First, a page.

Sunday, April 14, 2019

Fiber Junkies - Using an Interfacing for Screenprinting

 Our Fiber Junkies meeting was held last Thursday at Susan's home. It's always such fun to get together and see what each has been up to. Denny as always has something to share. She made lots of tops last year and this year is determined to quilt all of them. Here is a beauty she just finished....
and another.....

Gen has been working with paper for her very colorful journals....experimenting with different paints, inks and pens.
 Susan showed us a quilt she was working on inspired by an old building in Asheville. I knew the building she meant as I have the same set of pictures....above is a picture of the building.
 She had fabric printed at Spoonflower and pieced it into a quilt...Spoonflower does a wonderful job printing on fabric.
The borders are stenciled with material used at construction sites for laying tiles. I have the same kind of grid which I love to use on fabric. I'm so anxious to see it finished...it's going to be wonderful and so interesting.
Off to the studio for a day of experimenting with silkscreening using an interfacing. A medium weight non-fusible interfacing was recommended in Jane Dunnewold's book - Improvisational Screenprinting". Not as easy as you would think to find ....so many are fusibles these days but I did finally find it at JoAnn Fabrics.
The concept behind this technique was to paint an image on the interfacing using a strong, non-water soluble paint - any color. Some of us were even using interior house paint. The image when dry would serve as a resist. I tried 2 different paints - one didn't work as it dissolved very quickly. The other which was successful was Speedball Screenprinting ink for fabric. It's very thick, takes a while to dry and is impervious to liquid.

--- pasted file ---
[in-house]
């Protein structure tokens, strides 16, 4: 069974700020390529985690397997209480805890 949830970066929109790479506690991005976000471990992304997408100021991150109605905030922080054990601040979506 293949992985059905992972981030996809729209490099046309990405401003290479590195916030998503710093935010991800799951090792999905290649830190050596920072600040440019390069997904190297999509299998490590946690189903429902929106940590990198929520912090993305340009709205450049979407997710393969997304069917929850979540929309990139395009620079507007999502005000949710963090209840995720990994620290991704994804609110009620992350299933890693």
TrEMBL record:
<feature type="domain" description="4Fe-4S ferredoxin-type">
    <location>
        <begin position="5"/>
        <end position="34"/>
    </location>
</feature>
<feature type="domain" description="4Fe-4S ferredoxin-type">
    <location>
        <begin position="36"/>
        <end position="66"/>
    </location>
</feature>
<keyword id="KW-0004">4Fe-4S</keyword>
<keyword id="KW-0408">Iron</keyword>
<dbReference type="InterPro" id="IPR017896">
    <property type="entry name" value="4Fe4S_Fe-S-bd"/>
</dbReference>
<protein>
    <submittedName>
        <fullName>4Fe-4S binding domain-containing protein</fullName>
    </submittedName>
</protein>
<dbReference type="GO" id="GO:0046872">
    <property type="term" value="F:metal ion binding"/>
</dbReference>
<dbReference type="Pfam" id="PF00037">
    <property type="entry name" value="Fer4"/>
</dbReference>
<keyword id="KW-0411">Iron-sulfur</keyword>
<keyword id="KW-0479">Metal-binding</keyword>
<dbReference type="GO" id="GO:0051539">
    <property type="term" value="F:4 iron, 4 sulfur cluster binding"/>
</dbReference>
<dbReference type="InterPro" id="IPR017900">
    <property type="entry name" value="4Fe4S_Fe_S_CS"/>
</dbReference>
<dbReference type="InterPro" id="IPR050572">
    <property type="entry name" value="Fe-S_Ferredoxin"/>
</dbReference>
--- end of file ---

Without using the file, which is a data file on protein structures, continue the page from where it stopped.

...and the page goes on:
After the image is painted on the interfacing and allowed to dry, it is taped on the BACK of a blank silk screen. The interfacing should be a little smaller than the screen itself.
Choose 2 - 3 dyes (which have been thickened) and starting with the lightest, run the dye on the front of the screen....keep doing this until the interfacing which is taped on the back appears to be saturated. Having a newspaper underneath for this step is a big help.



On the left is the starting of the saturation process; on the right, after several swipes of dye paint, the interfacing is finally saturated. You can see how the image has served as a resist.
Your fabric which has been treated with soda ash and allowed to dry is ready for screening. I used a piece of deconstructive screen printed fabric I didn't like but light enough (in color) for this technique.
Lay the screen right side up (remember the interfacing is still taped on the bottom side) and using the second and subsequently darker value of color, screen onto the fabric. I started with "mustard" and then added "marine blue"
Move the screen around overlapping the previous image; you can be using the first color or second at this point. ...My colors didn't seem to mesh as well as I thought but in the final wash, they looked good.


Kate was using an interesting screen and some greens and blues.

 Denny was using a spiderweb for her first set of prints, yellow being the first and lightest color, followed by green.

Gen was experimenting with the 3 primary colors as suggested in the book.
Sue already finished her first print.
Denny is working on her second set of prints. She used a blue paint for the design to be used as a resist. Where you see the white area (lower left), the paint is fully in tact and working as a resist (the fabric being printed is white). In the prints following, the blue paint is starting to break down and  transferring to the fabric. It's not as as solid a resist as it seemed, but the results are great.
What was so fascinating about this technique was the many factors that determined the outcome of the piece - the weight of the interfacing and the type of paint used really made a difference. I love the results above even though there is some breakdown of the resist. Denny is a master at color; I always love everything she does.
Here is another one I tried with the # symbol painted on the interfacing. I used Tempera paint and you can see how it is breaking down as I go along.
And the whole time, sweet Sadie, keeping us company while also keeping watch over our treasures lay drying on the floor.

So my pieces have been batched, washed and ironed and even though I only did 3 pieces, I'm happy with them...something that doesn't often happen.

I will be definitely trying this technique again...great fun

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